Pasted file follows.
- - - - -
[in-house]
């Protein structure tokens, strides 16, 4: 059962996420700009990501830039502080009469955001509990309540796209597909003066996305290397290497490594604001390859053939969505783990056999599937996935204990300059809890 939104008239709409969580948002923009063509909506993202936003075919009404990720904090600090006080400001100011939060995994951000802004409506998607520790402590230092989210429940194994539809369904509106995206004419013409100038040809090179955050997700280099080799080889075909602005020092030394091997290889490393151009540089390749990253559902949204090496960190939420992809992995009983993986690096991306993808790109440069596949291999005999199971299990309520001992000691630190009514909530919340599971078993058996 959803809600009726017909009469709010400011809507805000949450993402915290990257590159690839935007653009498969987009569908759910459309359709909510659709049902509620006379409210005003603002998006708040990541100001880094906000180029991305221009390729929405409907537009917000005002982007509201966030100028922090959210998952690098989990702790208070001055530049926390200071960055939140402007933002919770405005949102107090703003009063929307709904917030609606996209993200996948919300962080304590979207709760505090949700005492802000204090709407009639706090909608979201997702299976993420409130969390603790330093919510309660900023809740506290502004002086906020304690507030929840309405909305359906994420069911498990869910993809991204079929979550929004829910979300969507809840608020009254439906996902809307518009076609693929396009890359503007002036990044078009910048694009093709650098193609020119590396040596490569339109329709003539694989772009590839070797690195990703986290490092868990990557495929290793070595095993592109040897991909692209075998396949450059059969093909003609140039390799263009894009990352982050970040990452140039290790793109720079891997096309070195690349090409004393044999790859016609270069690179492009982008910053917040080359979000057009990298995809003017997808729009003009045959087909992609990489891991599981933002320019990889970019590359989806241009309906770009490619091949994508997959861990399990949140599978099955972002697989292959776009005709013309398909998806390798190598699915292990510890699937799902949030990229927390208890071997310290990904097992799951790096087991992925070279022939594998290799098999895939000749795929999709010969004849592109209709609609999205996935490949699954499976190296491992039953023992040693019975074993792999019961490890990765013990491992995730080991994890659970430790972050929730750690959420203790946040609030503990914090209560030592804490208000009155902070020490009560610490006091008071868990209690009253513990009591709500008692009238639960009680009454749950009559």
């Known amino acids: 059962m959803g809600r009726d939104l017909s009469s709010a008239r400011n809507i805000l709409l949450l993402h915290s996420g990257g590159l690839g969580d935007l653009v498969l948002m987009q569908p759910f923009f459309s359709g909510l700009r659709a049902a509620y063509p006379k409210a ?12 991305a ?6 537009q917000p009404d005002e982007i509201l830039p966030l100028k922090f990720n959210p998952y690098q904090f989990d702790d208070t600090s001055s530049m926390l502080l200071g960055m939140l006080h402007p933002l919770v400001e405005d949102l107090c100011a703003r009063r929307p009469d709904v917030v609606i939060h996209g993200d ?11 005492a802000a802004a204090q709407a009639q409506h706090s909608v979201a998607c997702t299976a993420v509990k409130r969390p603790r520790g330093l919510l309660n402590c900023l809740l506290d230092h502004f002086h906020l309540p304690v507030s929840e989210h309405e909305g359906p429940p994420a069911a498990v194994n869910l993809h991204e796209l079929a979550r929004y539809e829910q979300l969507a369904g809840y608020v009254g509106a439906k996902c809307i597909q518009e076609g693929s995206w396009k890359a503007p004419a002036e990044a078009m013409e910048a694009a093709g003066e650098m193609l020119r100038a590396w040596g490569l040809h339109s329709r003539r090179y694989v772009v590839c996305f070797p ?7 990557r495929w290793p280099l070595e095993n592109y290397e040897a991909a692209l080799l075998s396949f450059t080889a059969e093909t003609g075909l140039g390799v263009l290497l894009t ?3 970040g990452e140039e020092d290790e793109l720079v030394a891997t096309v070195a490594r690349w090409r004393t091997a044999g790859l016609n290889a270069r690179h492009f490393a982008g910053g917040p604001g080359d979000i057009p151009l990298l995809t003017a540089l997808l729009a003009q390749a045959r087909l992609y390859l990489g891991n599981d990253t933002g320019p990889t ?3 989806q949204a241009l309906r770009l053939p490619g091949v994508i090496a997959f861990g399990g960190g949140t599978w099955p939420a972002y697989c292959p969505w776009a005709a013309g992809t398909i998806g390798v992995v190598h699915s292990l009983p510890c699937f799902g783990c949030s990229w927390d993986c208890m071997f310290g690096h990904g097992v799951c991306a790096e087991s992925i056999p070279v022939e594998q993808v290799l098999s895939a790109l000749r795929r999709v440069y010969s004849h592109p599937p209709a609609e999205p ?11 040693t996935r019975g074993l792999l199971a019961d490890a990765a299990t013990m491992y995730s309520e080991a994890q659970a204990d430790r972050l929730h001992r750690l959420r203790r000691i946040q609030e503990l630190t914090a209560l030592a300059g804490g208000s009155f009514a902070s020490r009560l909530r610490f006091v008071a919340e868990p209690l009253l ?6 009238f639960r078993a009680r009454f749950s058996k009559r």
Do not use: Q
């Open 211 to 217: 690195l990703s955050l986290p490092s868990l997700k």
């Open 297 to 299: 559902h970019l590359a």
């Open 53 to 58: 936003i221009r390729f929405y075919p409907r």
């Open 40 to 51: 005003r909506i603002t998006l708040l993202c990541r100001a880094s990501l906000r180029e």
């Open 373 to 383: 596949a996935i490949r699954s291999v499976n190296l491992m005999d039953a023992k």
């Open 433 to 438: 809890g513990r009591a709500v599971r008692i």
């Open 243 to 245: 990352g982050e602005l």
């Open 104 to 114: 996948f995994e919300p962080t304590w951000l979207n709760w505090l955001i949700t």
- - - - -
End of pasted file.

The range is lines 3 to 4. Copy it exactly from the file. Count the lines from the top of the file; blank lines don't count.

């Known amino acids: 059962m959803g809600r009726d939104l017909s009469s709010a008239r400011n809507i805000l709409l949450l993402h915290s996420g990257g590159l690839g969580d935007l653009v498969l948002m987009q569908p759910f923009f459309s359709g909510l700009r659709a049902a509620y063509p006379k409210a ?12 991305a ?6 537009q917000p009404d005002e982007i509201l830039p966030l100028k922090f990720n959210p998952y690098q904090f989990d702790d208070t600090s001055s530049m926390l502080l200071g960055m939140l006080h402007p933002l919770v400001e405005d949102l107090c100011a703003r009063r929307p009469d709904v917030v609606i939060h996209g993200d ?11 005492a802000a802004a204090q709407a009639q409506h706090s909608v979201a998607c997702t299976a993420v509990k409130r969390p603790r520790g330093l919510l309660n402590c900023l809740l506290d230092h502004f002086h906020l309540p304690v507030s929840e989210h309405e909305g359906p429940p994420a069911a498990v194994n869910l993809h991204e796209l079929a979550r929004y539809e829910q979300l969507a369904g809840y608020v009254g509106a439906k996902c809307i597909q518009e076609g693929s995206w396009k890359a503007p004419a002036e990044a078009m013409e910048a694009a093709g003066e650098m193609l020119r100038a590396w040596g490569l040809h339109s329709r003539r090179y694989v772009v590839c996305f070797p ?7 990557r495929w290793p280099l070595e095993n592109y290397e040897a991909a692209l080799l075998s396949f450059t080889a059969e093909t003609g075909l140039g390799v263009l290497l894009t ?3 970040g990452e140039e020092d290790e793109l720079v030394a891997t096309v070195a490594r690349w090409r004393t091997a044999g790859l016609n290889a270069r690179h492009f490393a982008g910053g917040p604001g080359d979000i057009p151009l990298l995809t003017a540089l997808l729009a003009q390749a045959r087909l992609y390859l990489g891991n599981d990253t933002g320019p990889t ?3 989806q949204a241009l309906r770009l053939p490619g091949v994508i090496a997959f861990g399990g960190g949140t599978w099955p939420a972002y697989c292959p969505w776009a005709a013309g992809t398909i998806g390798v992995v190598h699915s292990l009983p510890c699937f799902g783990c949030s990229w927390d993986c208890m071997f310290g690096h990904g097992v799951c991306a790096e087991s992925i056999p070279v022939e594998q993808v290799l098999s895939a790109l000749r795929r999709v440069y010969s004849h592109p599937p209709a609609e999205p ?11 040693t996935r019975g074993l792999l199971a019961d490890a990765a299990t013990m491992y995730s309520e080991a994890q659970a204990d430790r972050l929730h001992r750690l959420r203790r000691i946040q609030e503990l630190t914090a209560l030592a300059g804490g208000s009155f009514a902070s020490r009560l909530r610490f006091v008071a919340e868990p209690l009253l ?6 009238f639960r078993a009680r009454f749950s058996k009559r």
Do not use: Q